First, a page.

And he asked what the chances are that opposition to America’s intervention in the war from the Republican presidential nominees — former President Donald J. Trump and Florida Governor Ron DeSantis — could gain traction with the public.

“The Americans are worried that Europe will flag,” one European official, who asked not to be named, said at the Vilnius conference. “We are worried that America will do the flag. And everyone is worried that the Ukrainians will lack weapons and air defense.”

Mr. Biden was asked about these concerns during a press conference with President Sauli Niinisto of Finland on Thursday and he replied that “there is a lot of support from the American people” to support Ukraine and NATO. But then he said the obvious: “No one can guarantee the future, but this is the best bet anyone can make.”

If there was an overarching theme in Mr. Biden’s visit this week, it would be that the West is preparing for a long, expensive confrontation that will require cooperation and a combination of intelligence and military forces unlike those attempted before.

“At this critical time in history, when the world is looking to see, will we work hard for a better future?” he said at a press conference. “Will we stand together, will we stand each other?” Are we going to be committed to our studies?”

The burial of NATO is the building block for the next western war. There are plans for greater defense, even nearly a decade after NATO set a minimum military budget of 2 percent of each member’s GDP, most of the rich countries of Western Europe have not yet achieved that goal. (Smaller former Soviet republics have fared much better.) There are plans for an integrated NATO military strategy, including specific measures to integrate cyber defense, and to increase the production of conventional weapons, which almost no one thought would happen. they will also be needed in Europe.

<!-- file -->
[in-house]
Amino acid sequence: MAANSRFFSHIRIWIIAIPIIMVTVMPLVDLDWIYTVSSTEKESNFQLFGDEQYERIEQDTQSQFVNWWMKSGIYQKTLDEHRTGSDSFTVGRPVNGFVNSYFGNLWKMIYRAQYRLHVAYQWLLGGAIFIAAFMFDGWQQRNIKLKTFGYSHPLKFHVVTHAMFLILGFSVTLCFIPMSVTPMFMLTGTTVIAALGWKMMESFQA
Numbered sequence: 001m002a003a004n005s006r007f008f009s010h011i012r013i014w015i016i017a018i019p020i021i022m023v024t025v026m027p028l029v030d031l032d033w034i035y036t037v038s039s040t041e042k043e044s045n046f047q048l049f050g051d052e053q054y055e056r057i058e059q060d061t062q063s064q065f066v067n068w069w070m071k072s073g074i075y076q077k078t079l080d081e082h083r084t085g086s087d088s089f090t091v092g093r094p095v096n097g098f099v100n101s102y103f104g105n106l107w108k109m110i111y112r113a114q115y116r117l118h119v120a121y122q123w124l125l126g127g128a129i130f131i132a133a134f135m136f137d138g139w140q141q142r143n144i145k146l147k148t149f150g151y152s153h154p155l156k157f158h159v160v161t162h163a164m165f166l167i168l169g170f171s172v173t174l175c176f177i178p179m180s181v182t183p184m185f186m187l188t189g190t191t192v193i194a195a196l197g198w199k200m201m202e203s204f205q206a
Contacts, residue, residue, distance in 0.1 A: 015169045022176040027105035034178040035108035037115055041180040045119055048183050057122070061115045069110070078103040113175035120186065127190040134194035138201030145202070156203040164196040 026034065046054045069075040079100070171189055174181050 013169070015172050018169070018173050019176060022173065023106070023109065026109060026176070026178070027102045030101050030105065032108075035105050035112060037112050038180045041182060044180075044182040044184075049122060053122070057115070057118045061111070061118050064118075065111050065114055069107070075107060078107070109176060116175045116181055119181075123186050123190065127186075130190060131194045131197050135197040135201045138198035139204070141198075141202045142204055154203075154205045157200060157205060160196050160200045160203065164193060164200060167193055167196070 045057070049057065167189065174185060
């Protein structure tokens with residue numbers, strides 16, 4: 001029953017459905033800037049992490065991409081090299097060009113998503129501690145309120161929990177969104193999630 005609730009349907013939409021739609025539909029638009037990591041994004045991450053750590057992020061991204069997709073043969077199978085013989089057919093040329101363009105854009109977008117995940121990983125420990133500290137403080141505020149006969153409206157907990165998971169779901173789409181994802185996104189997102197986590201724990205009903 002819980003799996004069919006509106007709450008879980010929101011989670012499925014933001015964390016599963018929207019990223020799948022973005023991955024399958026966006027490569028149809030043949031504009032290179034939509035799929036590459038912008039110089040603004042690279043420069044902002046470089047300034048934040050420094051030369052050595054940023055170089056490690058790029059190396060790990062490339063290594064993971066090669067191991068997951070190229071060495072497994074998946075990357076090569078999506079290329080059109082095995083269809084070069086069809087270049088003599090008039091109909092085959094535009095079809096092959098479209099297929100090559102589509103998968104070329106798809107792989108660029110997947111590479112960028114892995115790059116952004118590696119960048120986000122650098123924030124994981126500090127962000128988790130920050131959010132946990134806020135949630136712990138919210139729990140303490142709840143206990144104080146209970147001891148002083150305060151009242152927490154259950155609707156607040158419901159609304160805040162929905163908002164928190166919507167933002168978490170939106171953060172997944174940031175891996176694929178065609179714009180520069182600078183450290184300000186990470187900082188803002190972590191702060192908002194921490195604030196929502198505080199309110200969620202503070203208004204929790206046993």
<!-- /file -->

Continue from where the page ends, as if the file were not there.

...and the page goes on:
But the reality is that this change is only the beginning – and not enough as the West enters years, if not decades, of hostility with Russia, officials say. Jens Stoltenberg, who agreed last week to extend his term as NATO secretary general, acknowledged the reality in a Foreign Affairs report.

“Even if the war ends tomorrow,” he wrote of the conflict in Ukraine, “there is no sign that Putin’s ambitions have changed. They see freedom and democracy as a threat and want a world where big countries control what their neighbors do. This puts him in constant conflict with NATO principles and international law. “

Like Mr. Biden, he said that allowing Mr. Putin finds every step in his military journey “to send a message to other oppressive governments to achieve their goals through the use of force. China, in particular, is looking to see the price that Russia pays, or the reward that it receives, for its brutality.”

What Mr. Stoltenberg saw was undeniable. But as a number of American and European officials acknowledged at the Vilnius conference, such commitments make it very difficult to start real negotiations for a ceasefire or for fighting. And the promise to replace Ukraine in NATO – after the war – creates a strong incentive for Moscow to occupy any Ukrainian territory it can and maintain the conflict.